By Josh Saunders and Sarah Francis
A bullied student with vitiligo is celebrating learning to love her skin by turning it into art – making a world map, flowers and even a Van Gogh painting.
Ashley Soto, 21, from Orlando in Florida, USA, has found turning her white patches of skin into art has empowered her and helped her to embrace her vitiligo.
She was diagnosed with the condition that affects one percent of the world’s population, at the age of 12 when a porcelain spot appeared on her neck.
Within a year, it had spread to 75 percent of her body in spots and patches.
After being asked if she had ‘showered in bleach’ the teen hid her skin beneath long jumpers and jeans to avoid further ridicule.
But now, she’s turning her body into art by tracing her vitiligo, making a world map and a beautiful arrangement of flowers to Vincent van Gogh’s The Starry Night painting.
The designs can take up to three hours to paint and outline the melanin-free areas of her body, helping her to appreciate the beauty in her vitiligo.
Ashley said: “I never realised how beautiful my vitiligo was until I traced it with a black marker, it really helps to bring out the different colours of my skin.
“I discovered after drawing around my white patches my skin looked like a map, which I thought was really awesome.
“From there, I decided to start painting actual pieces – I did a flower one and after that I had a world map.
“Next I tried The Starry Night by Van Gogh, I tried to incorporated my skin into it as much of the painting as possible, it’s such an iconic piece that I needed help from my cousin to do it.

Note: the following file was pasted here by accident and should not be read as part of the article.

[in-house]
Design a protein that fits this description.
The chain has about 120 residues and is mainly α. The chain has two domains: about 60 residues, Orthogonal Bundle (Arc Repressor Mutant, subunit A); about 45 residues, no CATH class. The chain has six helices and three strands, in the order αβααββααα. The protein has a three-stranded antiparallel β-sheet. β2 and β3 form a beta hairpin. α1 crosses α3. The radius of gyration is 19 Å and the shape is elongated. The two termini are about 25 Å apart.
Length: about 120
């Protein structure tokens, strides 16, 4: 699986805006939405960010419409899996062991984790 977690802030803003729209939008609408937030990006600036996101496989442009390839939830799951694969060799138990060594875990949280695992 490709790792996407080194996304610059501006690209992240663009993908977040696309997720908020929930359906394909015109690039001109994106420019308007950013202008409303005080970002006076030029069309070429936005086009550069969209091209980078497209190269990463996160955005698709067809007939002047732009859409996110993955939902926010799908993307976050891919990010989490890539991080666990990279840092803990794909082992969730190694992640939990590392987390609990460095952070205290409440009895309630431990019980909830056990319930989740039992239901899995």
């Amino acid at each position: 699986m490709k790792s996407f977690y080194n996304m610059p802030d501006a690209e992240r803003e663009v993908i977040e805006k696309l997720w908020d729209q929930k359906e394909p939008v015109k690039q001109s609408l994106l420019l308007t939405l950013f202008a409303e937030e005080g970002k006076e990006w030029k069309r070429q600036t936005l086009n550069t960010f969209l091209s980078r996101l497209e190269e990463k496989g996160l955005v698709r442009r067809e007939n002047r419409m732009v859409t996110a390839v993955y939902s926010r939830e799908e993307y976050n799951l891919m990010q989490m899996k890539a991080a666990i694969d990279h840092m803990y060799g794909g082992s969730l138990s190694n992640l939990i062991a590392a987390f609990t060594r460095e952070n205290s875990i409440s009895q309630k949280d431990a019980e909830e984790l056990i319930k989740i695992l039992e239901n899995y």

“Showing my skin has made me feel more empowered, I love myself now but there are always days where you’re not 100% there.
“I was always trying to find a way to look at my skin in a positive light, I couldn’t do that before starting this.
“Now what others would perceive as an imperfection I have made into something more beautiful and made it more accepted than before.”
Ashley’s vitiligo spread from a small patch on her neck to her entire body when she was 13-years-old and left her feeling insecure.
She added: “Within a year it had spread to every region of my body, especially my legs which was super noticeable.
“Vitiligo appeared aggressively everywhere, my legs, feet, arms, chest and face and the patches range in size, from little ones to big ones
“Around 80% of my legs are without pigment, I have maybe half-way up my knee, then you can see some of my original skin colour on my back it goes half way up so it ranges in size.”
After being bullied when she wore a bikini she hid her vitiligo affected skin beneath clothing despite living in Florida – an area so hot it’s known as the sunshine state.
Ashley said: “Once while in a two-piece bathing costume, a little girl asked me if I’d taken a shower in bleach.
“I was so shocked that someone said that to me that I cried and cried, I didn’t want to have the condition any more.
“It made me want to start hiding away from people and left me covering my skin, as I didn’t want people to make fun of me.”
In her late teens, she decided she would no longer be held back by her skin condition started to set herself daily challenges to unveil her skin in public.
Ashley said: “As I got older, I started to feel more mentally mature and became a stronger person.
“I started accepting myself a little more each day by setting challenges to go outside without a sweater and it progressed from there.
“Before I was on a road to self-destruction and knew I didn’t want to hideaway anymore, you have one life and so you have to live it as beautifully as possible.”
Now she’s showcasing her skin through her artwork.
Ashley said: “I will continue creating different pieces of art with my skin and hope it inspires others in the process.
“Soon I will be doing some glow in the dark markings which will be a real challenge but it’s very exciting.
“Thanks to doing this I’ve learned to accept myself more than I did before.”